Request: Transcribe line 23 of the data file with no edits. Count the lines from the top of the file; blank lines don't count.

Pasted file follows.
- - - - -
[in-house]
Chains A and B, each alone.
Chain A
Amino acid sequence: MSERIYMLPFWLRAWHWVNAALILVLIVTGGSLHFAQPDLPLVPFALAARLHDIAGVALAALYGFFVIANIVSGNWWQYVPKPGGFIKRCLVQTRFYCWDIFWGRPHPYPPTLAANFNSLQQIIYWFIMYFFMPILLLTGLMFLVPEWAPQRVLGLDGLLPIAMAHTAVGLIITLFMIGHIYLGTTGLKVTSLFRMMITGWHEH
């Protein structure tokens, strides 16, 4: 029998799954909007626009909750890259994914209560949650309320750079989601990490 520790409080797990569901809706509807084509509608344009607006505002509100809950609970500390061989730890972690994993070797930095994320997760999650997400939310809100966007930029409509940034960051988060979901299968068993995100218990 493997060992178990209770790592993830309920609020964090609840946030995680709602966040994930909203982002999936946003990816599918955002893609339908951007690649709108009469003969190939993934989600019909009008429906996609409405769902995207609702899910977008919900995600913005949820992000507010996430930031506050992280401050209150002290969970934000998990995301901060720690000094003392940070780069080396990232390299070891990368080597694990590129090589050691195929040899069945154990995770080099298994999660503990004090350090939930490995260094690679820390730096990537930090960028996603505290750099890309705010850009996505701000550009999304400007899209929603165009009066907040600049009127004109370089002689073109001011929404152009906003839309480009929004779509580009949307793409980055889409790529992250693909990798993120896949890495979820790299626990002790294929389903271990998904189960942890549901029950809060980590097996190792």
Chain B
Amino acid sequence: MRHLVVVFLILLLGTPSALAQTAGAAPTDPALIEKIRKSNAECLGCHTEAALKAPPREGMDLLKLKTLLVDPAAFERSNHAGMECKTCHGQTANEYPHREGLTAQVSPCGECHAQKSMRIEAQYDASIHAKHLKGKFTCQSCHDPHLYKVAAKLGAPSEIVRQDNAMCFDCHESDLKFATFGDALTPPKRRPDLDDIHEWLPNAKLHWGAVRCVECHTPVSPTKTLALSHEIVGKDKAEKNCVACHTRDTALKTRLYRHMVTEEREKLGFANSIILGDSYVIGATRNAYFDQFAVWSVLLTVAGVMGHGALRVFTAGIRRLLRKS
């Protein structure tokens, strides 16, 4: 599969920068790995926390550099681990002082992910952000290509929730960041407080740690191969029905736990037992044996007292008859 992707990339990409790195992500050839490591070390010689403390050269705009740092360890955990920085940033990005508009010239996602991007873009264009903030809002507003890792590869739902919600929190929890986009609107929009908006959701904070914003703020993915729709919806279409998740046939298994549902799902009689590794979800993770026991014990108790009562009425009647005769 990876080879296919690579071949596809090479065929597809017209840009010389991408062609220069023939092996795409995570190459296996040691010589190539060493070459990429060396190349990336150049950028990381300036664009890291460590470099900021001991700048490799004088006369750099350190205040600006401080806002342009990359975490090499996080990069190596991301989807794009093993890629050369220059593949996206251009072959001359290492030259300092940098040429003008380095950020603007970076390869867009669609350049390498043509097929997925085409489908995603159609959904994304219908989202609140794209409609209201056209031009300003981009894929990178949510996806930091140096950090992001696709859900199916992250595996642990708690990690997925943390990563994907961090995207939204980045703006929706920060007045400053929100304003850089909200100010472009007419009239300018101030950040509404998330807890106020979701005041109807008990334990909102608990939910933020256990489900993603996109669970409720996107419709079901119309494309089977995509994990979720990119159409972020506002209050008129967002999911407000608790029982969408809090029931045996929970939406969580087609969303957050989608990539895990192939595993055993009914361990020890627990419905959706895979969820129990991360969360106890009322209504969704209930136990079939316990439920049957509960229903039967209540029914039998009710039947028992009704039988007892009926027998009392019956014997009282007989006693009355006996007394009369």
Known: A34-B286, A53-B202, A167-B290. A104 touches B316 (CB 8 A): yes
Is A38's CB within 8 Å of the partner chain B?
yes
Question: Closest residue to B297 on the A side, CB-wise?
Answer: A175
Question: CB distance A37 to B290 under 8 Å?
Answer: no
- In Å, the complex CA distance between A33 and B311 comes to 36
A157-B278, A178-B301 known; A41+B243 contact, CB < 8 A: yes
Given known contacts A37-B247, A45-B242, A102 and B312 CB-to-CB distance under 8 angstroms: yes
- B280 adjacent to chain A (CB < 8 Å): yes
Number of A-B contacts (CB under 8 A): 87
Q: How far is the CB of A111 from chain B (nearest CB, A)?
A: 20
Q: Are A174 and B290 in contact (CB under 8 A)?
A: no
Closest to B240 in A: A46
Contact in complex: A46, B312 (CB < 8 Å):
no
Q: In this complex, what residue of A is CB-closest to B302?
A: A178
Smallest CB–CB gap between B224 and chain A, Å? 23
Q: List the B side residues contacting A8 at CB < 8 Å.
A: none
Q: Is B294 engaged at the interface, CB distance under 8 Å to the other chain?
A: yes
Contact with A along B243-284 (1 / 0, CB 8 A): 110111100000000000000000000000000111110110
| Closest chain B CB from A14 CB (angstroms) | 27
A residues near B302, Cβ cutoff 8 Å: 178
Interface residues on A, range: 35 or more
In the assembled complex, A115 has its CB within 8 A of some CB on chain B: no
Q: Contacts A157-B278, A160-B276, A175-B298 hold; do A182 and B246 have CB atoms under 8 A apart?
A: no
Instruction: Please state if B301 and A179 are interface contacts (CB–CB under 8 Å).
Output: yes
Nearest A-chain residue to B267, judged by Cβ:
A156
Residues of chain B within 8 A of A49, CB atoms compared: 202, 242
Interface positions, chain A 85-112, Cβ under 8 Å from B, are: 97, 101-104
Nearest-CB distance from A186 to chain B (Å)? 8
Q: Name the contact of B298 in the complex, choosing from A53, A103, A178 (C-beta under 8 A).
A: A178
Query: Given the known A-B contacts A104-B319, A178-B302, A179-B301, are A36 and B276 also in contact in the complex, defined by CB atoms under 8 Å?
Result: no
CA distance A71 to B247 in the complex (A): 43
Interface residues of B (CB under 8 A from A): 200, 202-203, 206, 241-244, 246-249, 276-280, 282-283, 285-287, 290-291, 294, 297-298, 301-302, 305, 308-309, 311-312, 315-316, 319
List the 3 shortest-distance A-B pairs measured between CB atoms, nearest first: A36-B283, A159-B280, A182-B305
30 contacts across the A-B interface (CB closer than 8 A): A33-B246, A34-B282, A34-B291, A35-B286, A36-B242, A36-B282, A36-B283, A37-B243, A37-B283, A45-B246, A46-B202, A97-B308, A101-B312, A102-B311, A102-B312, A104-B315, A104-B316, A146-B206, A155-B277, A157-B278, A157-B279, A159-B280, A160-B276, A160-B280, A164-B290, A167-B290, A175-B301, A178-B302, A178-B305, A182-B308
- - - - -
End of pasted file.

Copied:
Q: Are A174 and B290 in contact (CB under 8 A)?